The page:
How to measure sales closing ratio?

Sep 23, 2010 | JobTracker Tips

We recently added a help article on how to calculate a sales closing ratio, based on how many quotes you create compared to how many turn into jobs.

The simple method in the help works for lots of people, but it’s not the whole answer.  I have some reasons to care in this blog post, but there are more mechanics of how to measure.

What to measure?

There are lots of likely suspects that you may already be tracking – here’s a list of dates and activities you may be tracking to help you figure out your close rate.

  1. Quote creation date. For most countertop fabricators who’re doing walk-in retail business, this is a good metric of when a customer first showed interest.
  2. Quote acceptance date. The accepted date on quotes is a built-in field to help you track when a quote was accepted by a customer.
  3. First sales call. For us, the most important milestone that defines a “prospect” is the initial contact – either a sales call or meeting face-to-face.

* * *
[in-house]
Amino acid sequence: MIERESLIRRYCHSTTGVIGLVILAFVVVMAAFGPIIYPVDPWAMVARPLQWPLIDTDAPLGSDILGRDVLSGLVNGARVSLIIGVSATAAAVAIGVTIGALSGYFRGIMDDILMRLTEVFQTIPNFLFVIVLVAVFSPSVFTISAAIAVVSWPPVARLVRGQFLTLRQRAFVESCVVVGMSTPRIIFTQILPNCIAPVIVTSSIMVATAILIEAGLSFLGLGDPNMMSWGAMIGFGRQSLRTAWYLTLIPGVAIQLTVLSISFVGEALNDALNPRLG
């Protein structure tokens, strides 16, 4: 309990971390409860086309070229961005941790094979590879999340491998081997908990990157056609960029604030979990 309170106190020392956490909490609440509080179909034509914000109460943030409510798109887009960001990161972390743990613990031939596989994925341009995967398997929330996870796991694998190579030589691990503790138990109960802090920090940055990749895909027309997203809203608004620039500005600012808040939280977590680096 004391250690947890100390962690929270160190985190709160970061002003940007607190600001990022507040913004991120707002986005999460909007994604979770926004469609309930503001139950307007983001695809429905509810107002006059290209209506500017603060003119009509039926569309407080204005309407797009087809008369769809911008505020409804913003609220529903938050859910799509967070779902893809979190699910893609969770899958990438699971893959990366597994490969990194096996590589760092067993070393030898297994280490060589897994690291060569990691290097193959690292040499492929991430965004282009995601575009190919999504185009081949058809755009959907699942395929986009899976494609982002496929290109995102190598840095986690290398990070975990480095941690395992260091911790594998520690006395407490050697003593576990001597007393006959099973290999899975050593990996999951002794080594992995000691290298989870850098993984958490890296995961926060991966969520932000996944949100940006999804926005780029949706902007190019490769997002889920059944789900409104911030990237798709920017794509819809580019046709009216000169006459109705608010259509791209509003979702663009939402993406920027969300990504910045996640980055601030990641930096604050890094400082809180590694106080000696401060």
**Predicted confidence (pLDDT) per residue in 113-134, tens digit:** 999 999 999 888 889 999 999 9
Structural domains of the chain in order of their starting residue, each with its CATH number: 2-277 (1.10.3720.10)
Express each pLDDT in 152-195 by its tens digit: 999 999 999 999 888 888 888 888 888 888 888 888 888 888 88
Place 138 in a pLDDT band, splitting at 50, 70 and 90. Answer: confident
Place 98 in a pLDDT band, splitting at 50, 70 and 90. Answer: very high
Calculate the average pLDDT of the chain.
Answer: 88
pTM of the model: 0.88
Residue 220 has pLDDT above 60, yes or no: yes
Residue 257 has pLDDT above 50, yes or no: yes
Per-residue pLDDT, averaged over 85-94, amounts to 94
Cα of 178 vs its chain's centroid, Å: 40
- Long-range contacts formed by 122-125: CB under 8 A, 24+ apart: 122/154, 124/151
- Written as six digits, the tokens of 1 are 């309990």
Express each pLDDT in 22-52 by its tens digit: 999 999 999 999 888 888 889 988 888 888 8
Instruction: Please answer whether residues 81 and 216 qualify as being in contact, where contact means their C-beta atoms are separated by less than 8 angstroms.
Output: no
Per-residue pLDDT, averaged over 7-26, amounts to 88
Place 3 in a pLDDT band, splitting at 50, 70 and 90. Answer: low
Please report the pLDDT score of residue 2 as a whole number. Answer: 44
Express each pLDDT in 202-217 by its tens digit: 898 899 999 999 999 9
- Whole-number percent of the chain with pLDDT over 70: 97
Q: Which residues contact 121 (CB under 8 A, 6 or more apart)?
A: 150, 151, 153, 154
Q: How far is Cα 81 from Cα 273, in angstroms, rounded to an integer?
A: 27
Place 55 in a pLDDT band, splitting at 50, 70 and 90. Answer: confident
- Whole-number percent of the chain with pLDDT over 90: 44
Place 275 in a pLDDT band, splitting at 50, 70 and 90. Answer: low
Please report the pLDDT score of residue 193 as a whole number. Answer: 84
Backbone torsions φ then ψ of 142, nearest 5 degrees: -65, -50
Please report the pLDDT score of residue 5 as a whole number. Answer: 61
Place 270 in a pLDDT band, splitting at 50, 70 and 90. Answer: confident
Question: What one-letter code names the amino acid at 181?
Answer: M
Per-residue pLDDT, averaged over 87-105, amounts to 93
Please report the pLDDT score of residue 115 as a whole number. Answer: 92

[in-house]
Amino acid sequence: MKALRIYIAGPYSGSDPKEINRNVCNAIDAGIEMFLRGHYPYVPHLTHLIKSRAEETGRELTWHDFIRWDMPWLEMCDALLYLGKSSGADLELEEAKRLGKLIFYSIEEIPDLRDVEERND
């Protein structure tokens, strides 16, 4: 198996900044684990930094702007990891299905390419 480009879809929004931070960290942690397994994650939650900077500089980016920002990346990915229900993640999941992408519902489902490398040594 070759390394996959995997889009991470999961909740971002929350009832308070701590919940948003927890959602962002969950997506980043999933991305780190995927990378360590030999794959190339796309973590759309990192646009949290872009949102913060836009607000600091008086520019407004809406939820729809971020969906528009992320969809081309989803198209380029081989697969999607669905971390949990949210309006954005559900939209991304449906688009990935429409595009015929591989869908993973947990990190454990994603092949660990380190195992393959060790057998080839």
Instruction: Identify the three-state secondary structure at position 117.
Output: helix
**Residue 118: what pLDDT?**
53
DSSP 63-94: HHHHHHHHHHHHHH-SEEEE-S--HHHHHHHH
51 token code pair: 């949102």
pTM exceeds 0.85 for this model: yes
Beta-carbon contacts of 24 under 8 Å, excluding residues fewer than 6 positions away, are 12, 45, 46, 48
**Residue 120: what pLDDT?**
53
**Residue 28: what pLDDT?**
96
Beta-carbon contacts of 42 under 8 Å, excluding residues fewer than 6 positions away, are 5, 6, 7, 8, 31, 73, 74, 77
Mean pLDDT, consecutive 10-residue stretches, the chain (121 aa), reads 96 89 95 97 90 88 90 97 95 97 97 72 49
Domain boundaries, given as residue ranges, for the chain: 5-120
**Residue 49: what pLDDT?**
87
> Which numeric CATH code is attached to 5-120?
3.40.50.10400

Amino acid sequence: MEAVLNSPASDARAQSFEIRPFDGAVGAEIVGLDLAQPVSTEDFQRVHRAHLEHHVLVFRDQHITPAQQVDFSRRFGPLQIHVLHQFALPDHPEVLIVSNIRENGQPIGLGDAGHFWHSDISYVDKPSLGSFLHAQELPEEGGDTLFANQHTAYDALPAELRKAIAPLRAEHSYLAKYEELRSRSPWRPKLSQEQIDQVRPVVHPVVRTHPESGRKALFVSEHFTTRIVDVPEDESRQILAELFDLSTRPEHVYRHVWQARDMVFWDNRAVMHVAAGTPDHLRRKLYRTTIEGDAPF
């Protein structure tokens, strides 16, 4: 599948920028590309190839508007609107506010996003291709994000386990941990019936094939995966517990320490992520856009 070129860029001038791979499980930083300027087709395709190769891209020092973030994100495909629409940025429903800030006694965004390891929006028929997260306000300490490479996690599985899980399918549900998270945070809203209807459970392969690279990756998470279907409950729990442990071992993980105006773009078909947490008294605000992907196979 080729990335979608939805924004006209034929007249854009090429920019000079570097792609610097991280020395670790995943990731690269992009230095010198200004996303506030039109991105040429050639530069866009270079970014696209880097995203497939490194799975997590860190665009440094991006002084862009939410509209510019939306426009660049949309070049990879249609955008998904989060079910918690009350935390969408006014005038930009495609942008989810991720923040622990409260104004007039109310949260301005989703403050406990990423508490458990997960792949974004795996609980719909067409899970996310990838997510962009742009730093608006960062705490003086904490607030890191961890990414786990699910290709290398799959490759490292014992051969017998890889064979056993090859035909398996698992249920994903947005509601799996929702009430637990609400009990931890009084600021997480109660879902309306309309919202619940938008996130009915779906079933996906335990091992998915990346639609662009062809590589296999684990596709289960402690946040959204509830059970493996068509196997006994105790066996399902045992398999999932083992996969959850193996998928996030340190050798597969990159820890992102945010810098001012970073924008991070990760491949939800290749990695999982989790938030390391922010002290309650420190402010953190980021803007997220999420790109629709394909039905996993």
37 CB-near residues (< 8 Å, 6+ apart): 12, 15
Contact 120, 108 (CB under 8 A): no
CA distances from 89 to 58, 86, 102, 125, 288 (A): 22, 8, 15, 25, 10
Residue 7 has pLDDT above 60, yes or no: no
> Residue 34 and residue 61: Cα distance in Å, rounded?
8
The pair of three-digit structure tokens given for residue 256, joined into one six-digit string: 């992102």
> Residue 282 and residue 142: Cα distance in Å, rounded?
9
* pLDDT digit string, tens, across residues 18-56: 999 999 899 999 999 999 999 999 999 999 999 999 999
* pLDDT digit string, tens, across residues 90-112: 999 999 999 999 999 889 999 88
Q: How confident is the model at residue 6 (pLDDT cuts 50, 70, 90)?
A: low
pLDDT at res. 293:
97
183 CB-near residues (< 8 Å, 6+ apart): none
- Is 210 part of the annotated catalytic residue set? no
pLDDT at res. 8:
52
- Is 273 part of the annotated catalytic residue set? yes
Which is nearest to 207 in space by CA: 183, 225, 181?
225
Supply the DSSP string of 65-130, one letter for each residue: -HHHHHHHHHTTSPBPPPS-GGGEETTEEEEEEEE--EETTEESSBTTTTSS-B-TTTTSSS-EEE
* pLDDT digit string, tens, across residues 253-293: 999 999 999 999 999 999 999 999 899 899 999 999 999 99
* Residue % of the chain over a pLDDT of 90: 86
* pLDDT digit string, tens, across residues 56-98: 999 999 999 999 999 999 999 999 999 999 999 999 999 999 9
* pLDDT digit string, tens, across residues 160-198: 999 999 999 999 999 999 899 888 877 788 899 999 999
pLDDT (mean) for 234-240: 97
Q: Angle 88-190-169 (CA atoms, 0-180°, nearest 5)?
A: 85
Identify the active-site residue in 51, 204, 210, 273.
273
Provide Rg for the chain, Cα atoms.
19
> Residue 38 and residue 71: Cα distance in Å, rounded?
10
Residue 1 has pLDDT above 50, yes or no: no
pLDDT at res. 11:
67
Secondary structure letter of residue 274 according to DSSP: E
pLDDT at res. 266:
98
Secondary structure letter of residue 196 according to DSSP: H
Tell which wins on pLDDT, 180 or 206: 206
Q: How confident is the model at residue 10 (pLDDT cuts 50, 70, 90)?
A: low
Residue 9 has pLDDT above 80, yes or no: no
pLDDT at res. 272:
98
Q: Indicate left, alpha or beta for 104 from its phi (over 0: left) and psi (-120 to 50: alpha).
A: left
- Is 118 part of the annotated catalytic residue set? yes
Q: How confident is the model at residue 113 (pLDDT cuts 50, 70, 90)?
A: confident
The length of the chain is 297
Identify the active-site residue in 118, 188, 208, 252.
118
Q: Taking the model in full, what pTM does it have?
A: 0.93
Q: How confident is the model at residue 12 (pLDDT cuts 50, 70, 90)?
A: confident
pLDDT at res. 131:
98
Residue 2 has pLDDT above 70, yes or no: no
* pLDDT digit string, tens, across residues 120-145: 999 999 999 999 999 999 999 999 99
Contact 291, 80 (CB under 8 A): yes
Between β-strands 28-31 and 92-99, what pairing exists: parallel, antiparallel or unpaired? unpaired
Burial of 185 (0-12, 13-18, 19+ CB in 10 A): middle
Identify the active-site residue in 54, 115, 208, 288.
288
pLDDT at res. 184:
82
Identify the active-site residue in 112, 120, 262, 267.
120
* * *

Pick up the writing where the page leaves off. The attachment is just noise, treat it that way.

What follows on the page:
4. Product sale date. And, for us, the sale closes when we get a credit card number, so we have an activity on every job specifically to track when a customer paid.
  5. Install date. But, you may not think of the sale being complete with just the initial deposit.  Lots of countertop fabricators consider the installation date the key to when they consider a job “done”.
  6. Invoice date. Many folks who use our software have an activity specifically for the invoice date or date of final payment.  This is probably the true proof that there was a sale, especially if you only get paid in full after the countertop is installed.

So, the first step is deciding the milestones that matter when you’re choosing a close ratio.  I gave a few examples, but I’m sure there are many other events in your business that define if something’s a “lead” and a “sale”.  In the next post in this series, I’m going to show some examples of how choosing when to measure also has an impact on how you’re reporting sales closing ratios.